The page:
On September 12, 2019, federal regulators announced the U.S. Environmental Protection Agency (EPA) and Department of Army formally finalized a regulatory change that repeals the 2015 rule defining the "waters of the United States" under the Clean Water Act. The following statement can be attributed to Ed Longanecker, president of the Texas Independent Producers & Royalty Owners Association (TIPRO), on this updated federal rule that will provide greater regulatory certainty to the regulated community:
The U.S. oil and gas industry has a significant interest in the scope of federal jurisdiction under the Clean Water Act. All segments of the oil and natural gas industry are subject to extensive water permitting and regulatory requirements at both the state and federal levels for activities such as drilling and producing from oil and natural gas wells, refining crude oil, and transporting crude oil or refined product.
The EPA and the Army Corps jointly promulgated the Clean Water Rule (CWR) and unveiled it in May 2015, but in October of that year the Sixth District Court issued a stay and blocked it from being implemented. President Donald Trump signed an executive order in February 2017 instructing the two federal agencies to review the Clean Water Act. EPA indicated it would repeal, rather that modify, the U.S. government's definition of "waters of the United States" (WOTUS) last July. The Trump Administration in mid-September unveiled a narrowed definition of which bodies of water deserve protection under the federal Clean Water Act. This proposed rule completes the process to review and revise the CWR.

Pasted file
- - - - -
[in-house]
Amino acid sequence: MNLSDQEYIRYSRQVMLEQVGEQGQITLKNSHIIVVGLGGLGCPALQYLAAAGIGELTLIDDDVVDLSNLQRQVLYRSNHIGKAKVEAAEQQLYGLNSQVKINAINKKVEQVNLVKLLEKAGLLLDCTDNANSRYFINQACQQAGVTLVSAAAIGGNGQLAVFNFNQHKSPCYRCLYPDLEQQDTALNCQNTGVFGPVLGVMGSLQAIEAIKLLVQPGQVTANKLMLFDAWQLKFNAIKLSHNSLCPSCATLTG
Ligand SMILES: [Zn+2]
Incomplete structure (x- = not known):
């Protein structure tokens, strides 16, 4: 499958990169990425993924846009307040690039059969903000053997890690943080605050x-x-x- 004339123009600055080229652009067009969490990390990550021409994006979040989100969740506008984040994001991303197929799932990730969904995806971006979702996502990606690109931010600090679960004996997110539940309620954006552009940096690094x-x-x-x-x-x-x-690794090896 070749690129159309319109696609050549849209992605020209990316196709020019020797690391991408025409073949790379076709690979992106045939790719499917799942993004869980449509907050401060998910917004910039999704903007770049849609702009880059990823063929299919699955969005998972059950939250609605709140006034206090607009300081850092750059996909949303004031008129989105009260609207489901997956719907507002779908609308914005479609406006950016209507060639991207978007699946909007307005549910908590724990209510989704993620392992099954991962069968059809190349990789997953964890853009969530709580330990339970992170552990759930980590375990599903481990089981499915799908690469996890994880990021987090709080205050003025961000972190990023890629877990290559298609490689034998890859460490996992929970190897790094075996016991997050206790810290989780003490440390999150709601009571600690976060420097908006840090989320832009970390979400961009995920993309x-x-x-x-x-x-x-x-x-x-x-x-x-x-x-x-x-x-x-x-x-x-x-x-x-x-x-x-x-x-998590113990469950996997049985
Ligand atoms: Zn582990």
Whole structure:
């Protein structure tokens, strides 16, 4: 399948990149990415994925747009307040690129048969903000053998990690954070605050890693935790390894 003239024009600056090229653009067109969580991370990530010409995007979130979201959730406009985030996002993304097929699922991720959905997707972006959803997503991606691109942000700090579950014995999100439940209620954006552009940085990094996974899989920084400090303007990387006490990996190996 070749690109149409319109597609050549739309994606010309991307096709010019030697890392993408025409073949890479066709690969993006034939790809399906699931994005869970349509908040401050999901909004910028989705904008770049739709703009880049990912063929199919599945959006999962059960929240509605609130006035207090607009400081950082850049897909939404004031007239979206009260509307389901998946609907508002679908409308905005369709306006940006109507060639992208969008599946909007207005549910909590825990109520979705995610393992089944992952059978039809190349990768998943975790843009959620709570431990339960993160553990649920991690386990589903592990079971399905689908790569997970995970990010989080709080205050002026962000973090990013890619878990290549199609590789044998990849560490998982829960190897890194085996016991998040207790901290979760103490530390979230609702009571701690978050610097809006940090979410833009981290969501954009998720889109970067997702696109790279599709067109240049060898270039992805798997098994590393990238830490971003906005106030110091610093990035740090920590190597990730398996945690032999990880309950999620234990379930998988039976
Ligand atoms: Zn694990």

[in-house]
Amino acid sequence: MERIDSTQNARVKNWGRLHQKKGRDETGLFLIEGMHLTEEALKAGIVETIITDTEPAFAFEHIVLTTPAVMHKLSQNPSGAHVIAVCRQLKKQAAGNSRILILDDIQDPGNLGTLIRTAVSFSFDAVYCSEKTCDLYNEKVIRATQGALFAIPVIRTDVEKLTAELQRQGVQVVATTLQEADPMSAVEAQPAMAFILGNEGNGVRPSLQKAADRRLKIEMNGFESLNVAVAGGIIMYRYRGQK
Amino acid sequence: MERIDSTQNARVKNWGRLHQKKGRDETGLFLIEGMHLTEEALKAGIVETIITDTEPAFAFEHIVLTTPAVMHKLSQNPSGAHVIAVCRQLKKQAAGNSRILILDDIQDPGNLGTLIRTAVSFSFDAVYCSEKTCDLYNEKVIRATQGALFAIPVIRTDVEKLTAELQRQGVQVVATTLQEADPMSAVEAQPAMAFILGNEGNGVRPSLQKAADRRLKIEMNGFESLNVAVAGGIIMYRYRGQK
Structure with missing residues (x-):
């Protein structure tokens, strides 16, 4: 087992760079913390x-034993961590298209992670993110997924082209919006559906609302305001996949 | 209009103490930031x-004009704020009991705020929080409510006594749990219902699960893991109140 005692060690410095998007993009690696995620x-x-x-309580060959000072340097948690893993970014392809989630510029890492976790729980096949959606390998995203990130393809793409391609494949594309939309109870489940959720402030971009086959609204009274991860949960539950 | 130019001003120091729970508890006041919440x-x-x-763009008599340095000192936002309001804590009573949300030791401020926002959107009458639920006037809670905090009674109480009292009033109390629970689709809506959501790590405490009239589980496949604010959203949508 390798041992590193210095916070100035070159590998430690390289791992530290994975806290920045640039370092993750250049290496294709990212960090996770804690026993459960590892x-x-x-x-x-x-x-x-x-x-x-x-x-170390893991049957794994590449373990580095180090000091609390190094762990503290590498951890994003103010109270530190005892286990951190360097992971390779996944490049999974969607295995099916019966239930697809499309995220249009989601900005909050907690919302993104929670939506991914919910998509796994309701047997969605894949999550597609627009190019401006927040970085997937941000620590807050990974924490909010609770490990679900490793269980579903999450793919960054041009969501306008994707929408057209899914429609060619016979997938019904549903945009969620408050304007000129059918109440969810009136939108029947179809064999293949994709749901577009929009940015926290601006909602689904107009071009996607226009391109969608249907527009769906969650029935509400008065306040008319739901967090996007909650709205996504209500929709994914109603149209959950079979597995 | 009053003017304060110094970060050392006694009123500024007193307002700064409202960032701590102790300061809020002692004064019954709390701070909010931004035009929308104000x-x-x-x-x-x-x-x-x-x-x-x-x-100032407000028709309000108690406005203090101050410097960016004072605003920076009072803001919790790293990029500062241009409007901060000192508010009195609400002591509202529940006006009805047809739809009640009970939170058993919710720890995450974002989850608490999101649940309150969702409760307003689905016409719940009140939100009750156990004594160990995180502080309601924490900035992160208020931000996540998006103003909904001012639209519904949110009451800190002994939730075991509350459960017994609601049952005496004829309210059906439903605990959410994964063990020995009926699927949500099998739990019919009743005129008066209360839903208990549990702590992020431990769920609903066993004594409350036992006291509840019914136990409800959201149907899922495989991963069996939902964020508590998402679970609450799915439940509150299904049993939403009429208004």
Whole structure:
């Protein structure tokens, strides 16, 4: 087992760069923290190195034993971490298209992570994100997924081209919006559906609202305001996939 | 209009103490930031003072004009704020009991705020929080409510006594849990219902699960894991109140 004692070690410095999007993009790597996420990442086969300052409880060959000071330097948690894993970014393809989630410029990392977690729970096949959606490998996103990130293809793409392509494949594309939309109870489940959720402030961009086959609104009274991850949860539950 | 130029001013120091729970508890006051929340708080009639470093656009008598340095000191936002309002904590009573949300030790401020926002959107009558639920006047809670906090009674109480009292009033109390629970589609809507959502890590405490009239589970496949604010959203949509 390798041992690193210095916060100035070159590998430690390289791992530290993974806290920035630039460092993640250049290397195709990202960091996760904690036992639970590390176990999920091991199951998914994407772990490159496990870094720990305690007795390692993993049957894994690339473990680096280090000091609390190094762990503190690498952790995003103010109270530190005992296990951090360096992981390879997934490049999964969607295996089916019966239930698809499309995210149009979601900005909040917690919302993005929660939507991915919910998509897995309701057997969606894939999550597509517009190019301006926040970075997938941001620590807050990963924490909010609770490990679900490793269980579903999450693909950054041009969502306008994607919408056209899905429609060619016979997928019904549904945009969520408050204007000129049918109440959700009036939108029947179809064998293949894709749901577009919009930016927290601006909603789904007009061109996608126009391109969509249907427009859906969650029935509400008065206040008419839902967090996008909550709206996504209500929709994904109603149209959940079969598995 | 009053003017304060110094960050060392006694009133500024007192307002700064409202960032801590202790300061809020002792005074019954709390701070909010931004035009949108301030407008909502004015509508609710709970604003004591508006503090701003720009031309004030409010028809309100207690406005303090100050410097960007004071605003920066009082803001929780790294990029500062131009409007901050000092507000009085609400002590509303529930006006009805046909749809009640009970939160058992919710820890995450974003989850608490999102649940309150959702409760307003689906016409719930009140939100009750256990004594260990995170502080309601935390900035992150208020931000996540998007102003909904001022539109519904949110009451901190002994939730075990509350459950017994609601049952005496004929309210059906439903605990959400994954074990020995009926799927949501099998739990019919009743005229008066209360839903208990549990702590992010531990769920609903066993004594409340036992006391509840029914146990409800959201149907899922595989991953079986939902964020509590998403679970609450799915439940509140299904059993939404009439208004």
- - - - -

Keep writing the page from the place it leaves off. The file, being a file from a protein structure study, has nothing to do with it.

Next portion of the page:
Protecting water resources is very important to independent producers, but the overly-broad power grab under the previous administration would have presented very negative consequences for the oil and natural gas industry. WOTUS was an effort by the Obama Administration to expand the federal government’s authority over land and water use across the nation, resulting in the need to acquire significantly more government permits and fulfill bureaucratic regulatory requirements.
The Texas oil and natural gas sector looks forward to a new water rule that protects U.S. waters without placing an inordinate burden on numerous industries that drive the U.S. economy.